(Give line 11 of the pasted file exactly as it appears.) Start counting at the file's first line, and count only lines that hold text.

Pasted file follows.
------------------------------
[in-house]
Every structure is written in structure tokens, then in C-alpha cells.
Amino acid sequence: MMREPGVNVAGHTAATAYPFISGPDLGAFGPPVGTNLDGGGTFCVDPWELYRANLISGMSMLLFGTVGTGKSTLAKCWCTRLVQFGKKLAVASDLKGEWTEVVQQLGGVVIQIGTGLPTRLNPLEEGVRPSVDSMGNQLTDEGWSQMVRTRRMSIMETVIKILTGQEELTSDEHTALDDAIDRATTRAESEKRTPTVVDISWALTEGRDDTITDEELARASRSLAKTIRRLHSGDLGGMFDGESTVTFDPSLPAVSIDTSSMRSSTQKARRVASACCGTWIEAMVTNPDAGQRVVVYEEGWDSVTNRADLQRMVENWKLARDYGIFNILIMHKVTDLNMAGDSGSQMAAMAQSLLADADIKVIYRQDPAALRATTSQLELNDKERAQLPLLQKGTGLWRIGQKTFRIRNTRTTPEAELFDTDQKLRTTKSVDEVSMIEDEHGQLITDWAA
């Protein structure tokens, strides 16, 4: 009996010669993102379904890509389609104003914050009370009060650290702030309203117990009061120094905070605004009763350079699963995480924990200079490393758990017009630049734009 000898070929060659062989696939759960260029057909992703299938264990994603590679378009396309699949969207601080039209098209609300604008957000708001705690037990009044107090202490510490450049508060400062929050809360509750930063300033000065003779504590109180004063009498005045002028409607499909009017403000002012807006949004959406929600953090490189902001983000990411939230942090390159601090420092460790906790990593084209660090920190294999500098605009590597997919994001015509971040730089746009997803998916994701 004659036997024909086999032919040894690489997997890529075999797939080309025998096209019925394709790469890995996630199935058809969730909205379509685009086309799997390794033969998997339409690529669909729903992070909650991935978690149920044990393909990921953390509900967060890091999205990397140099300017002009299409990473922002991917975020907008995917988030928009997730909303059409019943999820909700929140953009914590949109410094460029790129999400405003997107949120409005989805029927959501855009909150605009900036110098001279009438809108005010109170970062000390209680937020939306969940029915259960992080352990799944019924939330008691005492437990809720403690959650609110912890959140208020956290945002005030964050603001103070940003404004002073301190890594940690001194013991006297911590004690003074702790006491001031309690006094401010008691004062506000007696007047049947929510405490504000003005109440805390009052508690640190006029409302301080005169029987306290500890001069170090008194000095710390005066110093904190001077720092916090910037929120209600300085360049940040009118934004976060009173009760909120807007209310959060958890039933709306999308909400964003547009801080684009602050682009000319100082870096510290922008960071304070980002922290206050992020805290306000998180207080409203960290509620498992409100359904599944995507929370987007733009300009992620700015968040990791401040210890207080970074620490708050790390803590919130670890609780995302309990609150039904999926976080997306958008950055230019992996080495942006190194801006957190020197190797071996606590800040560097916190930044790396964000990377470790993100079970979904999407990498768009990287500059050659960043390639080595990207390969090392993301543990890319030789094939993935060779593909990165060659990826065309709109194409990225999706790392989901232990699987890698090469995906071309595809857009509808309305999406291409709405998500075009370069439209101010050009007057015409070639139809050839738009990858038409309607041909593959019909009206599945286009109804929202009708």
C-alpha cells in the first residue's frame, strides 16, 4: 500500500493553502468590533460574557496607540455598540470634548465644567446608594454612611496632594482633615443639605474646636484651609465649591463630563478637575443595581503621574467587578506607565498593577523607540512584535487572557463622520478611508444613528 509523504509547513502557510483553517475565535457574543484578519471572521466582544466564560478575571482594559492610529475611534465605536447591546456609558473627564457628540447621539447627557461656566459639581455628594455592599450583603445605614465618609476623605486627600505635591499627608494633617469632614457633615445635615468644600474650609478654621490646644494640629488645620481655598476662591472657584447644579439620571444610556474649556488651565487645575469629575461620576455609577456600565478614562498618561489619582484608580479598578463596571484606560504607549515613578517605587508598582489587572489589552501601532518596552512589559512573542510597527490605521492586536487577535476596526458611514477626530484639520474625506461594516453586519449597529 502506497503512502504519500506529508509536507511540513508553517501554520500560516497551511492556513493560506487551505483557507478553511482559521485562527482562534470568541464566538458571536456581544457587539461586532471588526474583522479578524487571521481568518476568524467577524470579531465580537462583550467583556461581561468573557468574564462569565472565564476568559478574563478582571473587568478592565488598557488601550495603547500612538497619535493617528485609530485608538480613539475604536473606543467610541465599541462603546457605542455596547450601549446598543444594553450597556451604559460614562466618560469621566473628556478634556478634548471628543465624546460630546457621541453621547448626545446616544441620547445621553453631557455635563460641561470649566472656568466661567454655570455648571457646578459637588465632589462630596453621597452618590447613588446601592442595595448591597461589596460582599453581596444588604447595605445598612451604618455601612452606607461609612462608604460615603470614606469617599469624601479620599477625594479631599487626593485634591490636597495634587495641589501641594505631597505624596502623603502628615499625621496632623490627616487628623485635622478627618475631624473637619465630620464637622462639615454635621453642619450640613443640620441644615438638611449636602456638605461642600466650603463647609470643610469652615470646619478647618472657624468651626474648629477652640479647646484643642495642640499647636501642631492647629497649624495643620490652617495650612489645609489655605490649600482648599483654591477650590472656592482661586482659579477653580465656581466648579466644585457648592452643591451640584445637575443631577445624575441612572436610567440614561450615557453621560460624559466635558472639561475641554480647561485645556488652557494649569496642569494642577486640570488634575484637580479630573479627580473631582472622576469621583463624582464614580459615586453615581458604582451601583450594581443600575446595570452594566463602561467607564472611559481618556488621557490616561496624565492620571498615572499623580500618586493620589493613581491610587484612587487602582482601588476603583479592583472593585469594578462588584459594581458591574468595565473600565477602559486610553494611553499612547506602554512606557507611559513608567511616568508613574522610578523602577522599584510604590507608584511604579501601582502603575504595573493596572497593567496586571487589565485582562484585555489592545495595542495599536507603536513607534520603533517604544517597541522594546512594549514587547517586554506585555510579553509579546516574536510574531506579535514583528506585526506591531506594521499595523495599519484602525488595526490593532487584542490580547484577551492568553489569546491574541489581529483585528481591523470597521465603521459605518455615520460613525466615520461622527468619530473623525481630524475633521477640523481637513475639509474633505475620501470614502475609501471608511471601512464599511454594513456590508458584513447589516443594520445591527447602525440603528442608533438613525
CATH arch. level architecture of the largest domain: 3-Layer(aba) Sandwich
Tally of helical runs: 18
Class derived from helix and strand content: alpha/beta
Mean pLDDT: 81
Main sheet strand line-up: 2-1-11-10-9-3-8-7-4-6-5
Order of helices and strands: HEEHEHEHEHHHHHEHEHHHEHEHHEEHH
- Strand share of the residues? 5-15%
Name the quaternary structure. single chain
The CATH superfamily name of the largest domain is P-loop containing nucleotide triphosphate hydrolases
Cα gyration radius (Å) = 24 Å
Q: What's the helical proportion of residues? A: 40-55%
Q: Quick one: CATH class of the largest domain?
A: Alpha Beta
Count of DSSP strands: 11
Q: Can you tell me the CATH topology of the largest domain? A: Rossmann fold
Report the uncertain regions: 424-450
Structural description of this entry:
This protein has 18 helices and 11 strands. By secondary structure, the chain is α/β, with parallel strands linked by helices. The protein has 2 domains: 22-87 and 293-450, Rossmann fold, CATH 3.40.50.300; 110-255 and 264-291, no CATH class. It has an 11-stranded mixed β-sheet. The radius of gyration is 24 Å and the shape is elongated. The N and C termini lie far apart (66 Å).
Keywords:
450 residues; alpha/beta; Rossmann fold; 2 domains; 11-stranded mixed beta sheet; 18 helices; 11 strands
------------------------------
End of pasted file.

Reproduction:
Order of helices and strands: HEEHEHEHEHHHHHEHEHHHEHEHHEEHH